Judge Strikes Down Florida Welfare Drug Test Law

Happy holidays, indeed! First Uruguayan President Mujica give us a Christmas present by signing his country's law legalizing marijuana commerce (no surprise there, really), and now, a federal judge throws invites us to welcome the new year with a ruling throwing out Florida Gov. Rick Scott's (R) welfare drug testing law.

Curses, foiled again...
In a ruling out of Orlando today, US District Court Judge Mary Scriven permanently halted enforcement of the law, agreeing with an earlier court finding that "there is nothing inherent in the condition of being impoverished that supports the conclusion that there is a concrete danger that impoverished individuals are prone to drug use...."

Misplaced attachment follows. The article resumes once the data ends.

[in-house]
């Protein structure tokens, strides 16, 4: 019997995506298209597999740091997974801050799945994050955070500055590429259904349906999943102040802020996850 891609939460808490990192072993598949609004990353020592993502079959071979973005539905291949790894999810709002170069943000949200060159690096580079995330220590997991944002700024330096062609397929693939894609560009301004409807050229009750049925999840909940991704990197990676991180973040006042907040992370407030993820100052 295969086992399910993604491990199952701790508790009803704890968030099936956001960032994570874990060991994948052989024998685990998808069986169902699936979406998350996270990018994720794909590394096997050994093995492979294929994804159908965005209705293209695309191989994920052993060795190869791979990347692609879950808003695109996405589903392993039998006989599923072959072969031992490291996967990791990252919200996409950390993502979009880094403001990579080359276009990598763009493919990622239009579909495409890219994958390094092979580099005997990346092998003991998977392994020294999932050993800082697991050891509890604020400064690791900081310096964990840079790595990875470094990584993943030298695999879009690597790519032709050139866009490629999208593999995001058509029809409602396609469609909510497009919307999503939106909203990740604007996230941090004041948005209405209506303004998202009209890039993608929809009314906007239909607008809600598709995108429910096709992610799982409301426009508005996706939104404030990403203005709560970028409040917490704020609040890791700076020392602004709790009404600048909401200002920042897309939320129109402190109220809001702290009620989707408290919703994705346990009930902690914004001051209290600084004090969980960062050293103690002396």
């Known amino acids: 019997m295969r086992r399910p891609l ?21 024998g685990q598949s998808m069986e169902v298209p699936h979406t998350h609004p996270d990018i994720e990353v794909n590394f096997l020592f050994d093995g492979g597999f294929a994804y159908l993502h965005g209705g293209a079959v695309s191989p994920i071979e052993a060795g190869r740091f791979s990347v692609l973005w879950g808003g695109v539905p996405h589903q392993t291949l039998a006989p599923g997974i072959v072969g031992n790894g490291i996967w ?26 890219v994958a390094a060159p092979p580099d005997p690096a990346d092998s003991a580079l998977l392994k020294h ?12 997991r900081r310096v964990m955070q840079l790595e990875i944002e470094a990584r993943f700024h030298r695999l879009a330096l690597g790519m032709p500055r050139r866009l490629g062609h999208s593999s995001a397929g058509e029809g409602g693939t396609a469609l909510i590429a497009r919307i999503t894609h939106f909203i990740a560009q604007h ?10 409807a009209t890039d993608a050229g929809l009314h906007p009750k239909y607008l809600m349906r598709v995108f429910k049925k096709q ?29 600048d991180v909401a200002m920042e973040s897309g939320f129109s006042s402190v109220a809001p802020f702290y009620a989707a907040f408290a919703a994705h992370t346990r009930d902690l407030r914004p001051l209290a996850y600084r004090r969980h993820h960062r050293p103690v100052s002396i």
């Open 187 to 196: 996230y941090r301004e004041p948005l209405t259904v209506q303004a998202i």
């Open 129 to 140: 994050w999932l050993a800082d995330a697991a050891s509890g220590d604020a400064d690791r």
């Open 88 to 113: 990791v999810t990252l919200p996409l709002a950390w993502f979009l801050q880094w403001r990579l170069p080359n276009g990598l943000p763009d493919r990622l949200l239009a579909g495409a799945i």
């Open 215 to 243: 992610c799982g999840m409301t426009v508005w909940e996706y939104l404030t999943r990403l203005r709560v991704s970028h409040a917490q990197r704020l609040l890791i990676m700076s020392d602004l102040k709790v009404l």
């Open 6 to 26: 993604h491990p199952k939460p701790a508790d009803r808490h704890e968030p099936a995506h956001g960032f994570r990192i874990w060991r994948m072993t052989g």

The law required anyone applying for welfare benefits to undergo a drug test without any particularized suspicion that he or she was using drugs. The federal courts have been loath to okay suspicionless drug testing, with a few notable exceptions for workers in public safety positions and some school kids.

The case is Lebron v. Florida Department of Children and Families. We'll have more on it later.

Oh, and the never-say-die Gov. Scott says he will appeal.

Location: 
Orlando, FL
United States
Permission to Reprint: This article is licensed under a modified Creative Commons Attribution license.
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